Healthy Fig Bars (Gluten-Free) are full of flavor and nutrition! Soft and deliciously chewy in every bite!
I’m so excited to repost this recipe today! While the pictures and the recipe aren’t new, I did create a how-to video, and I also updated the how-to photos to make it clearer.
I first posted this recipe in 2017, a year before I had my first baby. Since we had our own babies, life has been crazy, and I’ve relied on the Costco fig bars to get us by. But I always wondered if my kids would like these fig bars as much as the neighborhood kids I gave some of these originals to. The verdict? A resounding yes! KK eats them for breakfasts and snacks, and although KJ kind of got sick of too many fig bars in general, he likes them too!
I’m so glad I bought a HUGE bag of figs because I’ve been making these on repeat and the kids devour them. And listen, I’ve got nothing against the Costco version. I don’t think you have to make everything from scratch. But I do feel good making these for the kids because there is fewer sugar and fewer carbs overall. The almond flour balances out the cookie, creating a more filling hunger-squashing bar, which is a win! So, it will definitely be worth making them from scratch if you chose to!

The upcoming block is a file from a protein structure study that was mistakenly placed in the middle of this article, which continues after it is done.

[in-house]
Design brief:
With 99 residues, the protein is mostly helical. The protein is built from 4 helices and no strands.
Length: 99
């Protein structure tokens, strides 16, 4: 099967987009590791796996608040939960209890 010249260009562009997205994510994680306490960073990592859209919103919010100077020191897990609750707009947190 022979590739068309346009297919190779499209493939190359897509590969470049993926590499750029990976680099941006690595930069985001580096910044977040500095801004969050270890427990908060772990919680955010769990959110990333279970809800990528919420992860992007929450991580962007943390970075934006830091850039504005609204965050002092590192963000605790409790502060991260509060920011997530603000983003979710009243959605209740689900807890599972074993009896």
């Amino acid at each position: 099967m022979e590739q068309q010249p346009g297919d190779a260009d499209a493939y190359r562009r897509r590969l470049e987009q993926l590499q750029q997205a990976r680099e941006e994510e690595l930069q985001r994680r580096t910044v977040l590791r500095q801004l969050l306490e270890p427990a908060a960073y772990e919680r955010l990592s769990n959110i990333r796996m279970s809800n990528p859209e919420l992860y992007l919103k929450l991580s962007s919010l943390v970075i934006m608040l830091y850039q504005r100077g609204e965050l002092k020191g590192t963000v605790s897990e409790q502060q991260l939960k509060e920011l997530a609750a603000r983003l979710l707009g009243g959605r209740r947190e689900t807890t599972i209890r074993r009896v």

How to Make Healthy Fig Bars (Gluten-Free)
The first steps are to use your food processor to make the dough. No pulsing is required. Just spin until the dough forms, then stop and put it in the fridge. Then wipe out the food processor and make the fig filling.
Next, you’ll roll out your dough, which will likely take several times of measuring, cutting, and re-rolling to get it about 5-6 inches by 8-10 inches. Once your dough is evenly thick and the right size, it’s time to fill it!
You’ll fill the dough along the center of the rectangle of dough. Then fold up the sides. Using your fingers to press the seams together. When you are done with that, flip the log onto a parchment-lined sheet pan. You’ll notice the sides will be cracked. Use your fingers to smooth them out.
Brush with butter and bake! I find the best luck when I cut them straight out of the oven. To minimize waste, I’ve always cut my bars thinner, but you could do the traditional “fig newton” size cookie as well!
Swaps and Substitutions
- Almond Flour – do not substitute. The recipe is formulated using almond flour only.
- Coconut Flour – oat flour or garbanzo flour will work here. You just want a really absorbent flour to help everything stick together.
- Butter or Ghee – use dairy-free butter or coconut oil is fine!
- Maple Syrup – you could try subbing another liquid sweetener like agave or honey, but it may change the flavor and even texture a little bit.
- Baking Powder – do not omit
- Eggs – I have not tried making an egg-free version. If you try it, let me know! I believe it would work just fine using a flax egg instead of a real egg but have not tried it.
- Nutmeg, Cinnamon, Sea salt – adjust as needed.
- Lemon juice – could sub vinegar or leave out if necessary